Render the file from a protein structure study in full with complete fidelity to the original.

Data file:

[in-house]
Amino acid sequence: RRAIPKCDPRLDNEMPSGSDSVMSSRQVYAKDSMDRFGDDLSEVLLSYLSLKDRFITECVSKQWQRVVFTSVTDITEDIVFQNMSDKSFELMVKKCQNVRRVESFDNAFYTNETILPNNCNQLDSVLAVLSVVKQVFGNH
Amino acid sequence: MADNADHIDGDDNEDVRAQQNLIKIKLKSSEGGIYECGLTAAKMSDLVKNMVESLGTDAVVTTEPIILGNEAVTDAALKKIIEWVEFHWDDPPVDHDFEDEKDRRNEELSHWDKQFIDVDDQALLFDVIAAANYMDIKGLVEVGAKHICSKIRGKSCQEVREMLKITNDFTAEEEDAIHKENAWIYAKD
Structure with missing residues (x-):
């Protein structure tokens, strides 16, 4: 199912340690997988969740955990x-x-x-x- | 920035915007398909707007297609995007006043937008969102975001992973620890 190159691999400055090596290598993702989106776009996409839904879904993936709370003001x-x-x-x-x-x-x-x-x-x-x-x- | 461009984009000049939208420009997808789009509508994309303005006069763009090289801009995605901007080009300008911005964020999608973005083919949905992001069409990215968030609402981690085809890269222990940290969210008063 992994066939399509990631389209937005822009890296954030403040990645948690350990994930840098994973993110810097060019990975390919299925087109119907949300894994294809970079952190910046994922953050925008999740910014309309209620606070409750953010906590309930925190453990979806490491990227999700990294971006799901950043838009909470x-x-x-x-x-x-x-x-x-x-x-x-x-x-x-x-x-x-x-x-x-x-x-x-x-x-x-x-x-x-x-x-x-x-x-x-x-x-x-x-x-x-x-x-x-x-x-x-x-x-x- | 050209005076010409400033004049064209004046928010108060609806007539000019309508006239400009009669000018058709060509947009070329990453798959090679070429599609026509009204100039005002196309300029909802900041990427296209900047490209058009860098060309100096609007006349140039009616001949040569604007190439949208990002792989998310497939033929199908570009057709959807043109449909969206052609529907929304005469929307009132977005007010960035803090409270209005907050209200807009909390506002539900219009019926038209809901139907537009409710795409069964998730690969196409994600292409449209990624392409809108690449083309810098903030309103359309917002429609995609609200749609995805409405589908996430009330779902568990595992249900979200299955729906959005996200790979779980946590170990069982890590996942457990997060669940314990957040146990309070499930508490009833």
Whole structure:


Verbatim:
[in-house]
Amino acid sequence: RRAIPKCDPRLDNEMPSGSDSVMSSRQVYAKDSMDRFGDDLSEVLLSYLSLKDRFITECVSKQWQRVVFTSVTDITEDIVFQNMSDKSFELMVKKCQNVRRVESFDNAFYTNETILPNNCNQLDSVLAVLSVVKQVFGNH
Amino acid sequence: MADNADHIDGDDNEDVRAQQNLIKIKLKSSEGGIYECGLTAAKMSDLVKNMVESLGTDAVVTTEPIILGNEAVTDAALKKIIEWVEFHWDDPPVDHDFEDEKDRRNEELSHWDKQFIDVDDQALLFDVIAAANYMDIKGLVEVGAKHICSKIRGKSCQEVREMLKITNDFTAEEEDAIHKENAWIYAKD
Structure with missing residues (x-):
């Protein structure tokens, strides 16, 4: 199912340690997988969740955990x-x-x-x- | 920035915007398909707007297609995007006043937008969102975001992973620890 190159691999400055090596290598993702989106776009996409839904879904993936709370003001x-x-x-x-x-x-x-x-x-x-x-x- | 461009984009000049939208420009997808789009509508994309303005006069763009090289801009995605901007080009300008911005964020999608973005083919949905992001069409990215968030609402981690085809890269222990940290969210008063 992994066939399509990631389209937005822009890296954030403040990645948690350990994930840098994973993110810097060019990975390919299925087109119907949300894994294809970079952190910046994922953050925008999740910014309309209620606070409750953010906590309930925190453990979806490491990227999700990294971006799901950043838009909470x-x-x-x-x-x-x-x-x-x-x-x-x-x-x-x-x-x-x-x-x-x-x-x-x-x-x-x-x-x-x-x-x-x-x-x-x-x-x-x-x-x-x-x-x-x-x-x-x-x-x- | 050209005076010409400033004049064209004046928010108060609806007539000019309508006239400009009669000018058709060509947009070329990453798959090679070429599609026509009204100039005002196309300029909802900041990427296209900047490209058009860098060309100096609007006349140039009616001949040569604007190439949208990002792989998310497939033929199908570009057709959807043109449909969206052609529907929304005469929307009132977005007010960035803090409270209005907050209200807009909390506002539900219009019926038209809901139907537009409710795409069964998730690969196409994600292409449209990624392409809108690449083309810098903030309103359309917002429609995609609200749609995805409405589908996430009330779902568990595992249900979200299955729906959005996200790979779980946590170990069982890590996942457990997060669940314990957040146990309070499930508490009833």
Whole structure: